More seniors than ever are tapping into the equity in their homes to solve
their cash flow problems with a reverse mortgage, a product credit unions can
Over 8,700 federally-insured reverse mortgages were issued in the first four
months of 2004, an increase of 76 percent from the same period last year. The
annual increase for 2003 over 2002 was 39 percent.
The aging baby boom population is beginning to retire and face rising healthcare
and other costs. And, real estate prices are still swelling. So, reverse mortgages
look like a growth industry.
How a Reverse Mortgage Works
A reverse mortgage allows a homeowner aged 62 or older to convert part of the
equity in his home into tax-free income without having to sell his home, relinquish
title or assume a new monthly mortgage payment.
There is no income or credit qualification, or a monthly repayment until the
homeowner permanently leaves the home. When the homeowner dies or moves, the
house is sold, and the mortgage is repaid from the sales proceeds.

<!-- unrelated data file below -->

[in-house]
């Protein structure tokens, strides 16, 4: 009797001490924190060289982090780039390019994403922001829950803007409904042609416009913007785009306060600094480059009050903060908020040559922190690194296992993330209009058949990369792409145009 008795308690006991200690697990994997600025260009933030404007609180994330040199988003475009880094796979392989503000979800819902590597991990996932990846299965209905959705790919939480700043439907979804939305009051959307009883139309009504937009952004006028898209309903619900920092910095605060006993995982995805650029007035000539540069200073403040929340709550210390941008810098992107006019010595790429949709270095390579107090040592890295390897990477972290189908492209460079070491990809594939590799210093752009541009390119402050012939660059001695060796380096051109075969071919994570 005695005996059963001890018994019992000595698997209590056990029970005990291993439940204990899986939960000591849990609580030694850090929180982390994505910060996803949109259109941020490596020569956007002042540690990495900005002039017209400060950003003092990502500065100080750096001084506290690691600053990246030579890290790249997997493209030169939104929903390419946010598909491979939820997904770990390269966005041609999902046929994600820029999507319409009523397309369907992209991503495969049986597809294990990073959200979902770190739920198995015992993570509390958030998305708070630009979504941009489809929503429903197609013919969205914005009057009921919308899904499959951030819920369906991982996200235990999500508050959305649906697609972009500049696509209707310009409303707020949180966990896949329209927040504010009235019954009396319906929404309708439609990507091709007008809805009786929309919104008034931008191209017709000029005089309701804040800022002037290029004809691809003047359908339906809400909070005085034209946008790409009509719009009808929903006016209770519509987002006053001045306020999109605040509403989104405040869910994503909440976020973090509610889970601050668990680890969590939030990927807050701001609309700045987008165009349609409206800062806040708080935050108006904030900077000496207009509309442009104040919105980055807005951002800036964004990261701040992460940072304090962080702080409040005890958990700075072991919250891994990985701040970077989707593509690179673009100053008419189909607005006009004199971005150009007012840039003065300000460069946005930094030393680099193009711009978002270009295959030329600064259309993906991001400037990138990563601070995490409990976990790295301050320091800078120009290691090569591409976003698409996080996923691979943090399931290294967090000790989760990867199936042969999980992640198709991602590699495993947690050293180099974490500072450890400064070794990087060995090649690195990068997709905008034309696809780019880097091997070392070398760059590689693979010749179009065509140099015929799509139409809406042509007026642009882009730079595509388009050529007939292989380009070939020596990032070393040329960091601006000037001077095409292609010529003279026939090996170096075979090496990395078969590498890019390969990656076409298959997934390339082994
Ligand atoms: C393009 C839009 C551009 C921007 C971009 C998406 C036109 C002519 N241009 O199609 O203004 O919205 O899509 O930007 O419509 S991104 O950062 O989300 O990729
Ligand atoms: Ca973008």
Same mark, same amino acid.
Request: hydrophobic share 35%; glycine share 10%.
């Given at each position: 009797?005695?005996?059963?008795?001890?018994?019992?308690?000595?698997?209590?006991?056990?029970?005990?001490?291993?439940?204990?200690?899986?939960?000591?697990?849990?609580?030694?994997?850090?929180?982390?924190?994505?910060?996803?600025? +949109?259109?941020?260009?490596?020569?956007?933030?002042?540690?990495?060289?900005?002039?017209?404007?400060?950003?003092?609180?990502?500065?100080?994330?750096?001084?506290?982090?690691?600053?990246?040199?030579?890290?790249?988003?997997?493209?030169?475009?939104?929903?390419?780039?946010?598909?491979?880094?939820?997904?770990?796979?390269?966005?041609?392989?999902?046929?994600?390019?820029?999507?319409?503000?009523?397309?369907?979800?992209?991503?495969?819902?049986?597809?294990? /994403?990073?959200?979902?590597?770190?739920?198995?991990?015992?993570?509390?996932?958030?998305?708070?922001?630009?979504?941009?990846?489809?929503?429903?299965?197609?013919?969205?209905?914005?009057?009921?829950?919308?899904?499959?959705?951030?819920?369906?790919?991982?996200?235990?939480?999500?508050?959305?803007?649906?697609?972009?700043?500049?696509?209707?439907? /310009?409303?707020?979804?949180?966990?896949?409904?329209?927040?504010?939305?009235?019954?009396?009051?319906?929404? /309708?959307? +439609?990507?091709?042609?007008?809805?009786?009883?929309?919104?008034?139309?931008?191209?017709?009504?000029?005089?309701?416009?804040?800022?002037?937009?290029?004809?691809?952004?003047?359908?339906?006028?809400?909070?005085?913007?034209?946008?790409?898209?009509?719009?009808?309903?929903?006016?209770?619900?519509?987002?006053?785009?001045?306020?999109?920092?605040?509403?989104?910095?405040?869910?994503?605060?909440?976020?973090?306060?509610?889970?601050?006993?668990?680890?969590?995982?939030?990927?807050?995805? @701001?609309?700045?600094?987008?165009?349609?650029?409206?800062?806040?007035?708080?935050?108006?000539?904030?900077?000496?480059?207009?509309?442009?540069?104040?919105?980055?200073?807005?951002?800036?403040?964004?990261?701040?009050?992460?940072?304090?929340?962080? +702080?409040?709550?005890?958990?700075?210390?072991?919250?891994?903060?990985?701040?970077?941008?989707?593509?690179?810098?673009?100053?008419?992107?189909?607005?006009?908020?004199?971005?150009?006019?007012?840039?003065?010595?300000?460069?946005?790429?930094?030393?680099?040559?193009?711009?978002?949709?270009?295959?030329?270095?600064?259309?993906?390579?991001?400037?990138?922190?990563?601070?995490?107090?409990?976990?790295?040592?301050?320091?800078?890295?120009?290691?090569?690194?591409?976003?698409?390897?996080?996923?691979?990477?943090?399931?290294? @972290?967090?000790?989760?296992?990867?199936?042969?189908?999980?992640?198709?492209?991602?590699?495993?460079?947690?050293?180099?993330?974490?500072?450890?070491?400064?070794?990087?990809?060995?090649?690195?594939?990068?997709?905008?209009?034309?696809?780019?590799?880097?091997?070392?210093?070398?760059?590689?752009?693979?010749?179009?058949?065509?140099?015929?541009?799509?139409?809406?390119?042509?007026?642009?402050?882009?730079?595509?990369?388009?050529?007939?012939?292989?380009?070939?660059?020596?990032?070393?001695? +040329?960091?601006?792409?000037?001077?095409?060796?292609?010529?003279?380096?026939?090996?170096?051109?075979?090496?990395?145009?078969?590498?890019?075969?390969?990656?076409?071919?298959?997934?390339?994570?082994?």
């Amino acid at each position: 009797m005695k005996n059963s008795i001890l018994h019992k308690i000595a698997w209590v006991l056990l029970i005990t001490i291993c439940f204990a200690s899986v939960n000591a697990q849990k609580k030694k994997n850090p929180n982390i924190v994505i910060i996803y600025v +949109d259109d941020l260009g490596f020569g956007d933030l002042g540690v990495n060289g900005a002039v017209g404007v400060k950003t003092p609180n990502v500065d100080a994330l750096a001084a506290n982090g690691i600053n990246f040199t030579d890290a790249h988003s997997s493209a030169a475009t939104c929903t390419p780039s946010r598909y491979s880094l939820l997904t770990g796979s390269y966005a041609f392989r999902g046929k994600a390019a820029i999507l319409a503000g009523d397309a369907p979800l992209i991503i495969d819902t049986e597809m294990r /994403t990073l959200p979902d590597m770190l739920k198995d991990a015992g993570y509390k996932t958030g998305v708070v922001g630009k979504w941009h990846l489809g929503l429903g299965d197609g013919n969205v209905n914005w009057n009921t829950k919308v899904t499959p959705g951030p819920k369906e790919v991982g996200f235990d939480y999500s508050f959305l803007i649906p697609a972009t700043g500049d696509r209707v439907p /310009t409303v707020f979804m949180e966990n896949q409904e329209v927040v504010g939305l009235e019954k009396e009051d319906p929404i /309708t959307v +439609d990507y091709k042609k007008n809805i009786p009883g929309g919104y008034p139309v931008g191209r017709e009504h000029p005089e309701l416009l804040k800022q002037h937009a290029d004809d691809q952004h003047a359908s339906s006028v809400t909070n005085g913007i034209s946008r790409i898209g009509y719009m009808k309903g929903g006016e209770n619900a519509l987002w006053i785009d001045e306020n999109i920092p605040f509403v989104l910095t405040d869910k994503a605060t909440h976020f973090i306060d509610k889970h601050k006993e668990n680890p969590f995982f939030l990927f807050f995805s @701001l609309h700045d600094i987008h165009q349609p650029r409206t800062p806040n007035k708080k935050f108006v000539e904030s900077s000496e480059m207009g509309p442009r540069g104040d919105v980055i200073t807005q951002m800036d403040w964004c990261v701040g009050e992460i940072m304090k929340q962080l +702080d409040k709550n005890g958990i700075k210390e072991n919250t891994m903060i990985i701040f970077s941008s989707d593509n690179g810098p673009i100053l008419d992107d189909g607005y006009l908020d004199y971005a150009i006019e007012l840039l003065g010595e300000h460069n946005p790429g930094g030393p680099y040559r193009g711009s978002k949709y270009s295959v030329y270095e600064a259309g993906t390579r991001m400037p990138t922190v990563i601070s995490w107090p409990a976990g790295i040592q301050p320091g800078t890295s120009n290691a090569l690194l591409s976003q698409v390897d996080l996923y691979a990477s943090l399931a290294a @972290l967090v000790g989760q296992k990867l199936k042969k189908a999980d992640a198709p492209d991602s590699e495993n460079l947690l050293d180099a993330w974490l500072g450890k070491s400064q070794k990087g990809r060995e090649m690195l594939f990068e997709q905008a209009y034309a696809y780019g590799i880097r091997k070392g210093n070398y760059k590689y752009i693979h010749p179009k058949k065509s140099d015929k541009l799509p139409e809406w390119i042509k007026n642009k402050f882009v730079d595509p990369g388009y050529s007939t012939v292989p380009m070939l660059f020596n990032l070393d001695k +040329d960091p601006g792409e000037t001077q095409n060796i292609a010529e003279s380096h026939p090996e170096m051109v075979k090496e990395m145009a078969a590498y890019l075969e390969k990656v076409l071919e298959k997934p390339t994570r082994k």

While reverse mortgage loans do not stipulate how the borrower may use the
equity, seniors commonly use the funds to cover unexpected house or medical
expenses, prepare for the future or enhance their lifestyles, according to National
Reverse Mortgage Lenders Association.
Of the three types of reverse mortgages currently available, the FHA-insured
Home Equity Conversion Mortgage (HECM) constitutes approximately 95 percent
of all funded reverse mortgages. The other two types of reverse mortgages include
Fannie Mae's Home Keeper Mortgage and private lender products.
As the volume of purchase originations and refinances continue to trend downward,
credit unions may be able to boost their mortgage businesses by offering reverse
mortgages to today's growing elderly population.
For the latest information on the potential growth and application of reverse
mortgages, read Callahan's Market Update entitled "Reverse
Mortgages: An Emerging Solution for the Elderly."